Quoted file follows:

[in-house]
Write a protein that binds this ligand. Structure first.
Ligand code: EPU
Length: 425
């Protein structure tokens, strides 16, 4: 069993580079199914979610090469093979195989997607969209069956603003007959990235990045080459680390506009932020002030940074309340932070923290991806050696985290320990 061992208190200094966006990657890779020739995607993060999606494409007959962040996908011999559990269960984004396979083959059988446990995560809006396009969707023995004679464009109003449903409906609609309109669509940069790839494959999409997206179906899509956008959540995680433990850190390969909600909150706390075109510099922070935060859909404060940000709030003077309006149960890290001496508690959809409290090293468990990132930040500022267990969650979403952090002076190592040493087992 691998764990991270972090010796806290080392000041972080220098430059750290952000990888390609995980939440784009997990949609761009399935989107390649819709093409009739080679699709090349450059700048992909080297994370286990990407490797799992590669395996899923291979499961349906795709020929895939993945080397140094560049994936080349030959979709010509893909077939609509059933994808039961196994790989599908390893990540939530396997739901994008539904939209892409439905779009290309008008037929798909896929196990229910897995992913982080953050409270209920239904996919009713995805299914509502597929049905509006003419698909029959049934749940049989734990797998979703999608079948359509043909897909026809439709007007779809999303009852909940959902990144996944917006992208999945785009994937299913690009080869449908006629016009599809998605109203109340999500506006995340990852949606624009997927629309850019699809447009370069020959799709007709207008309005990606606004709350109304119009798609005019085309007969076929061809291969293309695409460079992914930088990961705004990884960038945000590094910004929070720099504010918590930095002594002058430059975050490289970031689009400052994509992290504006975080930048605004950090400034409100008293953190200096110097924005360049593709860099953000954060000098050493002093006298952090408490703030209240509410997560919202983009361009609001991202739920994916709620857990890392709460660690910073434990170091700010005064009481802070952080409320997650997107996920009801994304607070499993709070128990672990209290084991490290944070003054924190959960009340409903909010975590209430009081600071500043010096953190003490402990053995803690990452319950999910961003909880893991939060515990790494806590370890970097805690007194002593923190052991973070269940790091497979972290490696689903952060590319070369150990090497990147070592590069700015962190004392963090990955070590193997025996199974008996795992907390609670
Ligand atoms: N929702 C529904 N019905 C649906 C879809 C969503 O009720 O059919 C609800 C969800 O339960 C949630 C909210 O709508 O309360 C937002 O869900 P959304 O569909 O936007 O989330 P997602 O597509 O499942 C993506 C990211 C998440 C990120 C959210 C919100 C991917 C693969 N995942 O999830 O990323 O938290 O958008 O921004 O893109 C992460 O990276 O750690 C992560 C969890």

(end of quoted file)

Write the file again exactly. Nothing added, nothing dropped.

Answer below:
[in-house]
Write a protein that binds this ligand. Structure first.
Ligand code: EPU
Length: 425
């Protein structure tokens, strides 16, 4: 069993580079199914979610090469093979195989997607969209069956603003007959990235990045080459680390506009932020002030940074309340932070923290991806050696985290320990 061992208190200094966006990657890779020739995607993060999606494409007959962040996908011999559990269960984004396979083959059988446990995560809006396009969707023995004679464009109003449903409906609609309109669509940069790839494959999409997206179906899509956008959540995680433990850190390969909600909150706390075109510099922070935060859909404060940000709030003077309006149960890290001496508690959809409290090293468990990132930040500022267990969650979403952090002076190592040493087992 691998764990991270972090010796806290080392000041972080220098430059750290952000990888390609995980939440784009997990949609761009399935989107390649819709093409009739080679699709090349450059700048992909080297994370286990990407490797799992590669395996899923291979499961349906795709020929895939993945080397140094560049994936080349030959979709010509893909077939609509059933994808039961196994790989599908390893990540939530396997739901994008539904939209892409439905779009290309008008037929798909896929196990229910897995992913982080953050409270209920239904996919009713995805299914509502597929049905509006003419698909029959049934749940049989734990797998979703999608079948359509043909897909026809439709007007779809999303009852909940959902990144996944917006992208999945785009994937299913690009080869449908006629016009599809998605109203109340999500506006995340990852949606624009997927629309850019699809447009370069020959799709007709207008309005990606606004709350109304119009798609005019085309007969076929061809291969293309695409460079992914930088990961705004990884960038945000590094910004929070720099504010918590930095002594002058430059975050490289970031689009400052994509992290504006975080930048605004950090400034409100008293953190200096110097924005360049593709860099953000954060000098050493002093006298952090408490703030209240509410997560919202983009361009609001991202739920994916709620857990890392709460660690910073434990170091700010005064009481802070952080409320997650997107996920009801994304607070499993709070128990672990209290084991490290944070003054924190959960009340409903909010975590209430009081600071500043010096953190003490402990053995803690990452319950999910961003909880893991939060515990790494806590370890970097805690007194002593923190052991973070269940790091497979972290490696689903952060590319070369150990090497990147070592590069700015962190004392963090990955070590193997025996199974008996795992907390609670
Ligand atoms: N929702 C529904 N019905 C649906 C879809 C969503 O009720 O059919 C609800 C969800 O339960 C949630 C909210 O709508 O309360 C937002 O869900 P959304 O569909 O936007 O989330 P997602 O597509 O499942 C993506 C990211 C998440 C990120 C959210 C919100 C991917 C693969 N995942 O999830 O990323 O938290 O958008 O921004 O893109 C992460 O990276 O750690 C992560 C969890």